Most of us couldn’t imagine life without our smartphone. We use apps—self-contained, task-specific programs—to check our e-mail, listen to music, keep our calendars up-to-date, and so much more. These mini computers are increasingly becoming the main electronic device we rely on to organize our lives.

How can you optimize your device for your studies? Walden faculty members Dr. Steve Canipe and Dr. Mark Clauburg, both of The Richard W. Riley College of Education and Leadership, offer a few ideas for students who want to use their smartphones to get the most out of their education.

Get Organized


If you need to store and organize your research and have it available on several different devices, this free app is an excellent choice. Evernote comes in two versions: regular and scannable. It stores documents in the cloud and it allows syncing to any device, including computers, tablets, and phones—regardless of their location. The app allows you to organize documents, articles, images, and audio files into projects. The scannable version allows you to scan documents directly into your Evernote storage.

“One student remarked that she started working on her doctoral study on her desktop, saved the work, and then when she went to the library, opened the app on her mobile and continued taking notes and collecting resources,” says Dr. Canipe. “She didn’t have to worry about keeping track of a flash drive. She was also able to work on the same project using her tablet while at the local coffee shop. Her work is available on all her devices from wherever there is Internet access.”

Google Drive

This app offers 15 GB of free Google online storage in the cloud, eliminating the need to have documents saved in multiple places—they simply exist in Drive, which you may access from your computer, tablet, or smartphone. Google Drive allows you to share files and folders with others, offering them the ability to view, download, and edit documents (even at the same time!). This feature makes it a good choice for collaboration on team projects. This app is available for Apple, Android, and Windows devices.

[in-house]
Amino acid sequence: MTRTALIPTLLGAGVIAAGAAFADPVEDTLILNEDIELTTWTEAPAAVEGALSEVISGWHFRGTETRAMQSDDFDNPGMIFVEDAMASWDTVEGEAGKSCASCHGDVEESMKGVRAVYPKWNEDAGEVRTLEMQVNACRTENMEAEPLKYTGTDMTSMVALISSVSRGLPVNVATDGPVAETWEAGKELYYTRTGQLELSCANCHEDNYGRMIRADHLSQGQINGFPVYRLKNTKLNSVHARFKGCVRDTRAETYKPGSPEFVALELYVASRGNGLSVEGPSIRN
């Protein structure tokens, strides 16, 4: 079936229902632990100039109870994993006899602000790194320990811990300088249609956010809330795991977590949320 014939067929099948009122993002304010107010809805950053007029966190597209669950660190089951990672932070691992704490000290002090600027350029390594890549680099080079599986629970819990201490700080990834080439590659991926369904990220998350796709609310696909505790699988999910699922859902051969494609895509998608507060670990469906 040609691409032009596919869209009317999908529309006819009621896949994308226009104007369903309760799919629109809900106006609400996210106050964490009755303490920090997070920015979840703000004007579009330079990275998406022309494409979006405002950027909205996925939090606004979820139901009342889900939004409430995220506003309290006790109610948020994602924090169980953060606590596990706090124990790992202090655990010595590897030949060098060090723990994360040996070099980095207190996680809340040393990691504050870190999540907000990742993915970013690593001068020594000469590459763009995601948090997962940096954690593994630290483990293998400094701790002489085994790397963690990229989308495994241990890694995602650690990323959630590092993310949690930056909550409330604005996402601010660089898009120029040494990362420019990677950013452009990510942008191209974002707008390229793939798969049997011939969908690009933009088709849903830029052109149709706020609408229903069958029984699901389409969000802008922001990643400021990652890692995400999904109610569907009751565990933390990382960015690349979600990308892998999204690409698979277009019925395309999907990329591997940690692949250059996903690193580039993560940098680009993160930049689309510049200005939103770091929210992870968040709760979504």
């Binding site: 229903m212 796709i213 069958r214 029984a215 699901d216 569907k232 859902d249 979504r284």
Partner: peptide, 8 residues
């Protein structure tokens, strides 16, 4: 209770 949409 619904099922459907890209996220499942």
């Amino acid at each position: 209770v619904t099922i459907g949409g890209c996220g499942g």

Dr. Canipe recalled a doctoral student who recently called his dissertation chair in a panic, having lost all of his work when his computer crashed and then not being able to find his backup drive. “The student remembered having stored his work recently on Google Drive due to a reminder from his dissertation chair. All the work was at the off-site location and he was able to retrieve everything he had worked on previously. He became a proselyte for cloud storage in Google Drive.”

“Our students in the instructional design and technology programs are extremely tech savvy and they swear by Google Drive,” adds Dr. Clauburg. “They use it to write papers, collaborate on group projects, and safely store essential files and documents. In addition, Walden faculty members are increasingly using the app to collaborate, share best practices, and become more efficient facilitators in the classroom.”


Paper is a free brainstorming, organization, and sketching app for Apple devices. The basic suite of drawing tools allows you to jot down simple ideas, while the more advanced tools can enable you to create fully realized works, like illustrations, graphic designs, or charts.

Learning Aids


EasyBib allows you to scan book barcodes or manually type the title or International Standard Book Number (ISBN) to collect, organize, and generate bibliographies for academic papers and share the final product via e-mail. The free app is based on the popular Web-based EasyBib application.

According to Dr. Clauburg, scholarly papers, literature reviews, and supporting discussion responses all require the collection of academic sources, especially for the Walden doctoral student. “EasyBib is one of the first resources I share with students. They’ve revealed how much easier life is with EasyBib, as the application saves them countless hours and helps them become more efficient researchers. This app is an absolute must-have for Walden students!”


Nearpod is a free app that allows educators to present engaging materials to students from their mobile device or tablet (or students to present group projects to their teams). Students with the app can view the presentation from their own device. Additionally, the app leader can interact with participants by using quiz and polling features with results displayed in real time. Nearpod provides a library of pre-existing materials, but users can create their own presentations from scratch.

“I've only seen it used in the classroom, but the functionality of Nearpod could certainly be applicable to business settings,” adds Dr. Clauburg.

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